I saw this video of a "wing-wave" immediately after takeoff of a 747-8 pop up on my Instagram feed. In the description, someone says that their friend is the pilot and that he did it to wave goodbye as it was the planes last visit to the airfield and that this is a tradition among pilots.

To the layman like me, it doesn't look too safe - but since the pilot did it, I'm sure it is. Is this really a pilot tradition and do they do this on passenger flights and most importantly, was this safe?

A comment (for what it is worth) said:

Steep banking an aeroplane few seconds after rotation at dangerously low speed and low altitude is always dangerous. Waving goodbye is not uncommon however this would be considered reckless. I would not be surprised if his competent authority and Company would have an issue with this.

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    $\begingroup$ It does seem a little low to start that maneuver, however the aircraft is moving a lot faster than it seems because of the camera zoom $\endgroup$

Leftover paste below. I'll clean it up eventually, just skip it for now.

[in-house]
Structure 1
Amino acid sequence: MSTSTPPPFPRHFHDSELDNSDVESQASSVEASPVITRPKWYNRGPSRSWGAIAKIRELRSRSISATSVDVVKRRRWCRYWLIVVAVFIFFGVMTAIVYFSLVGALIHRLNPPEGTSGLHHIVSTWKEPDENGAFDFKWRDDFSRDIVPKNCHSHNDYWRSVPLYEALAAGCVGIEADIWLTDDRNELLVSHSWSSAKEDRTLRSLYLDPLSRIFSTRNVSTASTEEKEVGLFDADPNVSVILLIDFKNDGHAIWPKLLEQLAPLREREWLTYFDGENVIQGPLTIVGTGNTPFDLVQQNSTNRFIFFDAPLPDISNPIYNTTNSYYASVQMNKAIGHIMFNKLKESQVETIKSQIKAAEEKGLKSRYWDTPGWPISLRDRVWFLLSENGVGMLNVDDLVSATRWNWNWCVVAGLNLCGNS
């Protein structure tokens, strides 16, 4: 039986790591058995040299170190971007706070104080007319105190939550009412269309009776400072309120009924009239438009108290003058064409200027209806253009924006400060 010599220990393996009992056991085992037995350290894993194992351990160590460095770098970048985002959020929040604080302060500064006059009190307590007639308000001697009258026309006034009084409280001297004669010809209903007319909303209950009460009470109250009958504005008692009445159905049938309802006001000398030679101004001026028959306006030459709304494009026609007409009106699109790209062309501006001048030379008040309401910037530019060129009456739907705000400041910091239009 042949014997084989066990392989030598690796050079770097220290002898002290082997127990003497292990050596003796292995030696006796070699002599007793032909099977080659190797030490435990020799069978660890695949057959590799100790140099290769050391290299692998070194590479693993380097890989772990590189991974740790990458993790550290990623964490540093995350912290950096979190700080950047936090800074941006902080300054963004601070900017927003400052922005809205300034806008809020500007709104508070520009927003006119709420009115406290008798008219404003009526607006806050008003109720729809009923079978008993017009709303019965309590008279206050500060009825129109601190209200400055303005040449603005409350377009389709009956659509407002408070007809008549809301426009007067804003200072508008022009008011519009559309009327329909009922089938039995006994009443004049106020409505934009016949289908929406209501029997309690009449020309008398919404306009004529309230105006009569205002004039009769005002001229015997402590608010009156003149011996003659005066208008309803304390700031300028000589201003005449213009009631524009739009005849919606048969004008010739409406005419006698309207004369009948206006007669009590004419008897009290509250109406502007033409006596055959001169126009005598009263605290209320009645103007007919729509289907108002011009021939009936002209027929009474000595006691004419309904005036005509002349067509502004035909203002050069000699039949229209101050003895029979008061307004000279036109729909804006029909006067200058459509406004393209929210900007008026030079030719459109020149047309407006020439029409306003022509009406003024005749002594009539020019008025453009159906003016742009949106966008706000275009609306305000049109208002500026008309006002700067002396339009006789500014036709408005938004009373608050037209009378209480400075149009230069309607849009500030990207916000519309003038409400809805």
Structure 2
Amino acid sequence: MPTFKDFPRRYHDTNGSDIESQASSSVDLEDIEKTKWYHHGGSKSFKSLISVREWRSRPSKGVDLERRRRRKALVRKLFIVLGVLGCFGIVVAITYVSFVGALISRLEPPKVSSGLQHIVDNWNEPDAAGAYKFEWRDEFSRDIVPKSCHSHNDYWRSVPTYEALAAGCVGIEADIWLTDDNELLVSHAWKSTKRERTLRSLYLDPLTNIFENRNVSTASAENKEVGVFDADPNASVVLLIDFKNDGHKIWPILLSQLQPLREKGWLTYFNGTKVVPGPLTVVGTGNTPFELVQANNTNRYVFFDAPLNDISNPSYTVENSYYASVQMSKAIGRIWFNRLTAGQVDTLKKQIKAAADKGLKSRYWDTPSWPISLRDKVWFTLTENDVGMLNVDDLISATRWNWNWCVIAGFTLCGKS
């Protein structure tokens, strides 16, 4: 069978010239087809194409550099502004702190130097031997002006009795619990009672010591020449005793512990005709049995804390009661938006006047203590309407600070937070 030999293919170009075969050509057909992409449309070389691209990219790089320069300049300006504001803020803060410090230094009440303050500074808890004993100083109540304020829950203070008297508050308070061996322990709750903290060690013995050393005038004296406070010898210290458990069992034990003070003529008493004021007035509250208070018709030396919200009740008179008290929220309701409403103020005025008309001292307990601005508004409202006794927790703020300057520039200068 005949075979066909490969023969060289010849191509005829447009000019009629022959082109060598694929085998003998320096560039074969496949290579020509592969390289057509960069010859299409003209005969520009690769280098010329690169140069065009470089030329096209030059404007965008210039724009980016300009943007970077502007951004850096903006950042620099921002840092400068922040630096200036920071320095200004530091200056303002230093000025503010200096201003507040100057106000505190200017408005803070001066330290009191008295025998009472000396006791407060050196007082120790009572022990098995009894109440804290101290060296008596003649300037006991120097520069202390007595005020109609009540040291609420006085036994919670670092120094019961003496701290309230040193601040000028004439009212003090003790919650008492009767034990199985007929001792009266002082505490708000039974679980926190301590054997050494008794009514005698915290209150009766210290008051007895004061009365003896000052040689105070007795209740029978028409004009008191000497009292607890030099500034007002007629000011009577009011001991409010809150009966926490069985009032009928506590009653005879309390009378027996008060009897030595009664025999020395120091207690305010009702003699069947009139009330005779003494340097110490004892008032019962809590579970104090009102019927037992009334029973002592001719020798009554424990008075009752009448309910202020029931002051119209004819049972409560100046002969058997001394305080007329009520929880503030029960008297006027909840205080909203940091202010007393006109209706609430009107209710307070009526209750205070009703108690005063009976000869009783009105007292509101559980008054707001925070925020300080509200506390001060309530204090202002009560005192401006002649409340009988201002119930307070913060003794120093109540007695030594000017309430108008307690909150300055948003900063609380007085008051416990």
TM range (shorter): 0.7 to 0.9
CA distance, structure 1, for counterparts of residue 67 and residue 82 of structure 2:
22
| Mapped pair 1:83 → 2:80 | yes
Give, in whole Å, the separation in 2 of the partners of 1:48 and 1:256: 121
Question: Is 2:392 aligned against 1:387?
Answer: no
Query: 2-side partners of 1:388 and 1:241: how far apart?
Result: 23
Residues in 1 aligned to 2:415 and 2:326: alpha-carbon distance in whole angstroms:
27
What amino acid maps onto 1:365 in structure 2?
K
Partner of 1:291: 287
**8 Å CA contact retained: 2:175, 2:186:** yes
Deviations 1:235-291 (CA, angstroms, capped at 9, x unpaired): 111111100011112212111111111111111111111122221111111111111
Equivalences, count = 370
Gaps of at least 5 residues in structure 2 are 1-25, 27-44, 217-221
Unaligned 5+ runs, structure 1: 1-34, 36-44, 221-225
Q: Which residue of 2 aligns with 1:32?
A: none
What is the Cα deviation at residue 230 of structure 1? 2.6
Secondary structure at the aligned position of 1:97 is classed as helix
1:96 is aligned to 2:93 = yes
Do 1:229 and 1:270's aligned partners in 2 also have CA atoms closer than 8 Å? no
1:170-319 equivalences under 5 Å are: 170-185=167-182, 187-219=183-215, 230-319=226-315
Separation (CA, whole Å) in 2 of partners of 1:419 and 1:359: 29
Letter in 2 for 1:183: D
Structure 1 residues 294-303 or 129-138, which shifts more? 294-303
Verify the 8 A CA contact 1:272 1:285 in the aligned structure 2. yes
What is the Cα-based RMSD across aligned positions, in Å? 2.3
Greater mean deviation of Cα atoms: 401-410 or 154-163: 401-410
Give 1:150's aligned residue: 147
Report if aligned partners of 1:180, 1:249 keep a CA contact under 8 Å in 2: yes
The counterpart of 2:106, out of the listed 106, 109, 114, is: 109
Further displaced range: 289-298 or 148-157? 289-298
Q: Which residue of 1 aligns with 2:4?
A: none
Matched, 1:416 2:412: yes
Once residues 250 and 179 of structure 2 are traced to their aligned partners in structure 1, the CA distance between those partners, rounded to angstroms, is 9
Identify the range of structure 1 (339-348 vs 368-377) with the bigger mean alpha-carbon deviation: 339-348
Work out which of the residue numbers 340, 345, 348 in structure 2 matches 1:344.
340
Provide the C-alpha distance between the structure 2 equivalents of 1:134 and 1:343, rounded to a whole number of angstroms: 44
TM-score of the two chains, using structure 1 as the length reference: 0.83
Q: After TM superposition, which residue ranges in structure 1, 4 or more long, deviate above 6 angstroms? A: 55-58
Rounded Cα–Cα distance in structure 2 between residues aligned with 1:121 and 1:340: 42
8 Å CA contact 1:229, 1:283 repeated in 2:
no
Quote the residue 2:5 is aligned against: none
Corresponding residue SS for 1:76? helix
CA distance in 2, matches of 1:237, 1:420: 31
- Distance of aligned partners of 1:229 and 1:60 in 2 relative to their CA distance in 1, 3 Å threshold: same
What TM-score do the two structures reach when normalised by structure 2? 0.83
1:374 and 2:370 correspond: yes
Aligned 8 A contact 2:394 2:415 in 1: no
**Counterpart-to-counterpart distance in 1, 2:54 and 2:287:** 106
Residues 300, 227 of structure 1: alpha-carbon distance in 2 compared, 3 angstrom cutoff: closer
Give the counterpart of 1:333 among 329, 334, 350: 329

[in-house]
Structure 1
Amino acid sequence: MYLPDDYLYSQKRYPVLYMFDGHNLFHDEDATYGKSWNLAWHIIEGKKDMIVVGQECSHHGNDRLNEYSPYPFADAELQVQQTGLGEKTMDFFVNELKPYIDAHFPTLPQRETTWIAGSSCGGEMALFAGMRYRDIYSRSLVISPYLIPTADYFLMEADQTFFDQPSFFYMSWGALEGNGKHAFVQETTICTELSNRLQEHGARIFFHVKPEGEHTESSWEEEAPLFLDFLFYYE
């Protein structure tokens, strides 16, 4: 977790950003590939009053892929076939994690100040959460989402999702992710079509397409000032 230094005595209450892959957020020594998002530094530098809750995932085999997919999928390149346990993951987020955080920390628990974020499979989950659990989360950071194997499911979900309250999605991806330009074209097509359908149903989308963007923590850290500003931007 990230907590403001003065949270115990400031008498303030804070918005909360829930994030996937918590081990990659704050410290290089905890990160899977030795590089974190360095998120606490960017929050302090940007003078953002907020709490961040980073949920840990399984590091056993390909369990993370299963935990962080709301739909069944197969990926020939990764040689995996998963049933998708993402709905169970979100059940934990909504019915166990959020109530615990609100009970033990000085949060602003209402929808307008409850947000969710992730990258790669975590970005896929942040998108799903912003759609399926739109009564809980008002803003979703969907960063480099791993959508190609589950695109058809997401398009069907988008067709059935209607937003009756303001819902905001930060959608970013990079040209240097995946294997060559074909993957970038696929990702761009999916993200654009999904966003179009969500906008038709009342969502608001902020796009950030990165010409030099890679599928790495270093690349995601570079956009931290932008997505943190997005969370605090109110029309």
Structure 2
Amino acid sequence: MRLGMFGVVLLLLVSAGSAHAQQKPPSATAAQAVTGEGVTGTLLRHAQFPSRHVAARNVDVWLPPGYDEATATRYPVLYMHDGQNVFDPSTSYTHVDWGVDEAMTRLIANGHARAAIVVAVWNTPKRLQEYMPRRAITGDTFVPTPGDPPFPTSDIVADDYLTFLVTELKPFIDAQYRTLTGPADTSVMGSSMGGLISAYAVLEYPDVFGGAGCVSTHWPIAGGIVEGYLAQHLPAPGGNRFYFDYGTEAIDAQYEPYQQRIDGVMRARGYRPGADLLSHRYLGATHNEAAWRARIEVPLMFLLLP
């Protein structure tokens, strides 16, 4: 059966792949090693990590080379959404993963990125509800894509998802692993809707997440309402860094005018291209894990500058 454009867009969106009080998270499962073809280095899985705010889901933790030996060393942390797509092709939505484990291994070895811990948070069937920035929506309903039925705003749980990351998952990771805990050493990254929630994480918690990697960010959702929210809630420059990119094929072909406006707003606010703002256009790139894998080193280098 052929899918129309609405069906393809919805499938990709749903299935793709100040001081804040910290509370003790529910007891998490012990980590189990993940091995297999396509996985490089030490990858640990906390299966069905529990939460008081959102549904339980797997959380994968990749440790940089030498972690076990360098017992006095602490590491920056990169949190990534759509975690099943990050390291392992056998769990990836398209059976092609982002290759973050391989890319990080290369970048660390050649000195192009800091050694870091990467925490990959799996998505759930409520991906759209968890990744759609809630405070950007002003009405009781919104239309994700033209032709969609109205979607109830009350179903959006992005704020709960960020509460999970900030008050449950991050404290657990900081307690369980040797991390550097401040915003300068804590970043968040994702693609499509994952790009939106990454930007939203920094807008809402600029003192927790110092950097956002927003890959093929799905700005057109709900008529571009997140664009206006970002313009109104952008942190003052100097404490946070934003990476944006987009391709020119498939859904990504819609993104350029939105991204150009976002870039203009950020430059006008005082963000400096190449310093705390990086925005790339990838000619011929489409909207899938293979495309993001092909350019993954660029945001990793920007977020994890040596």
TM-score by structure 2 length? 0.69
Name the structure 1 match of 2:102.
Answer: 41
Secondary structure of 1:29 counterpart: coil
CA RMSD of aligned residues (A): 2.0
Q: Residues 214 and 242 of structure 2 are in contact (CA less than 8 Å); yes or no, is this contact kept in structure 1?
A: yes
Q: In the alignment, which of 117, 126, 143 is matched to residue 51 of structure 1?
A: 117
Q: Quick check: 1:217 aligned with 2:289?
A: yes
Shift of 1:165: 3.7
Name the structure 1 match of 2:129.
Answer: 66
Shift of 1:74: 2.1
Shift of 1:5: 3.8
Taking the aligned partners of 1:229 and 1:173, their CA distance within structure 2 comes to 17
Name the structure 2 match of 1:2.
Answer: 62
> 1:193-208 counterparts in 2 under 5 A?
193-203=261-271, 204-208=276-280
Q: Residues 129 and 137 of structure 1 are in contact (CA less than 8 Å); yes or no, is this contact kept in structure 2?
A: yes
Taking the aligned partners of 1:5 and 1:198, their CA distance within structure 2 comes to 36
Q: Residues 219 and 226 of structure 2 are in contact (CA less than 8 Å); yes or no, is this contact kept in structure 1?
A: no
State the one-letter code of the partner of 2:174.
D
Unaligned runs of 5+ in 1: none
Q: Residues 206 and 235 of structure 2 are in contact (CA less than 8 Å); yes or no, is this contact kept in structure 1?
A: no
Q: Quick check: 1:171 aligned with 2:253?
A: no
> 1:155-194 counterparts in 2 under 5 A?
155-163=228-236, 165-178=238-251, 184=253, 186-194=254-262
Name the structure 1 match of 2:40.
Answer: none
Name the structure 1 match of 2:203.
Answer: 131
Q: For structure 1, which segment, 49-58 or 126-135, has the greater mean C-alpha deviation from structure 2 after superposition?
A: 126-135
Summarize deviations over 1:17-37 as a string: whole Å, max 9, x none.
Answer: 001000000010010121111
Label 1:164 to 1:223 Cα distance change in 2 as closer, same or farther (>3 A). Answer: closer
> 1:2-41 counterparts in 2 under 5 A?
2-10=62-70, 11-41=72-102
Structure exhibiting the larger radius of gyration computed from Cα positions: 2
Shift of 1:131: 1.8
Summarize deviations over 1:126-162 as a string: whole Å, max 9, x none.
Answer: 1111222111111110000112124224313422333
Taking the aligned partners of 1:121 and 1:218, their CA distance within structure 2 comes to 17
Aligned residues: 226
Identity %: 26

– Ron Beyer
    Sep 27 '18 at 1:28

Is this really a pilot tradition and do they do this on passenger flights and most importantly, was this safe?

It wasn't a passenger flight, as the description reads, it was a delivery flight*. Furthermore the plane is a freighter, designed to carry cargo--the kind without feet.

Being a delivery flight, it's typically flown with a very experienced crew, and yes it is a tradition, and it's perfectly safe in that particular scenario (light plane, plenty of performance, no passengers). The crew will also typically let the tower know what they'll be doing, so the tower controllers won't be alarmed.

The 'wing-wave', a gentle dip of the plane from one side to another, is generally done by cargo planes to say 'goodbye' as the aircraft will never again see the home airport where it was made.


* Not to be confused with the maiden flight and the subsequent test flights by both the manufacturer and the customer.

Related question about the same video: Is there any reason spoilers would deploy just after liftoff?

  • $\begingroup$ I would argue that such a maneuver so close to the ground is not "perfectly safe" in any scenario. $\endgroup$
    – BDLPPL
    Sep 27 '18 at 11:44

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